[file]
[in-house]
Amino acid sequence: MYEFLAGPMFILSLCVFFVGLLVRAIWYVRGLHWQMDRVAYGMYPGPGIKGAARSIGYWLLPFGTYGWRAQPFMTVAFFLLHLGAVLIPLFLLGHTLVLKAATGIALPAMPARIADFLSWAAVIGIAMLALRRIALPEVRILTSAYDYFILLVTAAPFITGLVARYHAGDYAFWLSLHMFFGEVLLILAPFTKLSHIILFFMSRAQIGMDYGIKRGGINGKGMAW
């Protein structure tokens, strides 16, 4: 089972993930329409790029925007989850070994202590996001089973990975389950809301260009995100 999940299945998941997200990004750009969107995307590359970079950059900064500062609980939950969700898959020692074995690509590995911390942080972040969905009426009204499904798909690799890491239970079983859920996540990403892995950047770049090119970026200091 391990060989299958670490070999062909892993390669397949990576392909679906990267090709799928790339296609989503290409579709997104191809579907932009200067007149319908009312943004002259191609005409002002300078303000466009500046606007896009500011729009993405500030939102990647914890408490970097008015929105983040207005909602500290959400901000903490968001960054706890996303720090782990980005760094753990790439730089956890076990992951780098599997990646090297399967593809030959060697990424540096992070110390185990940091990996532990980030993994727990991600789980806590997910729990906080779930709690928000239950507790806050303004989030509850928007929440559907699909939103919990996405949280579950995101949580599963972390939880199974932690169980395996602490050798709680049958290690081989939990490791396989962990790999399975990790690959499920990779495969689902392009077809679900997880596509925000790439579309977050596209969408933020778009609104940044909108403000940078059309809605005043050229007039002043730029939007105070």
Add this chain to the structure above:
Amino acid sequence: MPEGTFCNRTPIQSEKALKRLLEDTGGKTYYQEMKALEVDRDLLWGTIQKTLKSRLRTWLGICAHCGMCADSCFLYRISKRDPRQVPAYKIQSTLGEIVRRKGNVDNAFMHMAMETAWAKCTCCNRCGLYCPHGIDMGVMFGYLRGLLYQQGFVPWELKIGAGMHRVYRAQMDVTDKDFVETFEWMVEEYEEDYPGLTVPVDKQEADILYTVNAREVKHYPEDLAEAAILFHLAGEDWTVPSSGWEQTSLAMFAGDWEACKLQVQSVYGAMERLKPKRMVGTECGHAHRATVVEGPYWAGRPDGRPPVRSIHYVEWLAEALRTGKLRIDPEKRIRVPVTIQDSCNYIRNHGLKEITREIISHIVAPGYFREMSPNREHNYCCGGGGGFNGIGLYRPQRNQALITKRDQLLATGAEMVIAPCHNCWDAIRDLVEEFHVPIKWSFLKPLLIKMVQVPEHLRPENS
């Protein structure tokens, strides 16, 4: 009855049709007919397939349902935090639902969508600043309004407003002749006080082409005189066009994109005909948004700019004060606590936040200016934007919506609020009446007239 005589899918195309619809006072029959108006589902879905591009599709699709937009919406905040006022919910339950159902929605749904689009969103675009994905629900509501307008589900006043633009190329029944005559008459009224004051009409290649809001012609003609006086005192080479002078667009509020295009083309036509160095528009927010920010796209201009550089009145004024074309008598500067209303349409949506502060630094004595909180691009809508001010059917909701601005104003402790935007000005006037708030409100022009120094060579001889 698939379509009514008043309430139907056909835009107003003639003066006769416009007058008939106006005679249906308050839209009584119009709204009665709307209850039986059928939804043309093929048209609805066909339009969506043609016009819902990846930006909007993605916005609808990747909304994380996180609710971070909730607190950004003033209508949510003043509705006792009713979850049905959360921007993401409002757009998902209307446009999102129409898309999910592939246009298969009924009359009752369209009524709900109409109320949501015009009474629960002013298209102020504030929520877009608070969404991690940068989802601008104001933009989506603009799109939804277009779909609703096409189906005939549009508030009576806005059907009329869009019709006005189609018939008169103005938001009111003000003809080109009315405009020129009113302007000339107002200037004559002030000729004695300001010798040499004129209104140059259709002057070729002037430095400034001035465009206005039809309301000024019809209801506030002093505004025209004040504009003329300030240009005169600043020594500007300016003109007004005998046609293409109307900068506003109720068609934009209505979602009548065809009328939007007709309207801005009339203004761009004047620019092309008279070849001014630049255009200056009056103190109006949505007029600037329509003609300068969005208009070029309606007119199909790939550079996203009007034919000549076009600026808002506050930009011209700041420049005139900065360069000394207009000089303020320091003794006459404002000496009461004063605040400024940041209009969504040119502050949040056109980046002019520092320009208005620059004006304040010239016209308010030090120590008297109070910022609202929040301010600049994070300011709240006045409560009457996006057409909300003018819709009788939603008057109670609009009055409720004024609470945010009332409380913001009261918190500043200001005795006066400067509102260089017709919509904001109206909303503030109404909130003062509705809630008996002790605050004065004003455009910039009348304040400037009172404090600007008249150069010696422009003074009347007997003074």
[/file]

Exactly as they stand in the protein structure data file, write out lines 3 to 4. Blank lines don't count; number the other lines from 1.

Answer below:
């Protein structure tokens, strides 16, 4: 089972993930329409790029925007989850070994202590996001089973990975389950809301260009995100 999940299945998941997200990004750009969107995307590359970079950059900064500062609980939950969700898959020692074995690509590995911390942080972040969905009426009204499904798909690799890491239970079983859920996540990403892995950047770049090119970026200091 391990060989299958670490070999062909892993390669397949990576392909679906990267090709799928790339296609989503290409579709997104191809579907932009200067007149319908009312943004002259191609005409002002300078303000466009500046606007896009500011729009993405500030939102990647914890408490970097008015929105983040207005909602500290959400901000903490968001960054706890996303720090782990980005760094753990790439730089956890076990992951780098599997990646090297399967593809030959060697990424540096992070110390185990940091990996532990980030993994727990991600789980806590997910729990906080779930709690928000239950507790806050303004989030509850928007929440559907699909939103919990996405949280579950995101949580599963972390939880199974932690169980395996602490050798709680049958290690081989939990490791396989962990790999399975990790690959499920990779495969689902392009077809679900997880596509925000790439579309977050596209969408933020778009609104940044909108403000940078059309809605005043050229007039002043730029939007105070």
Add this chain to the structure above: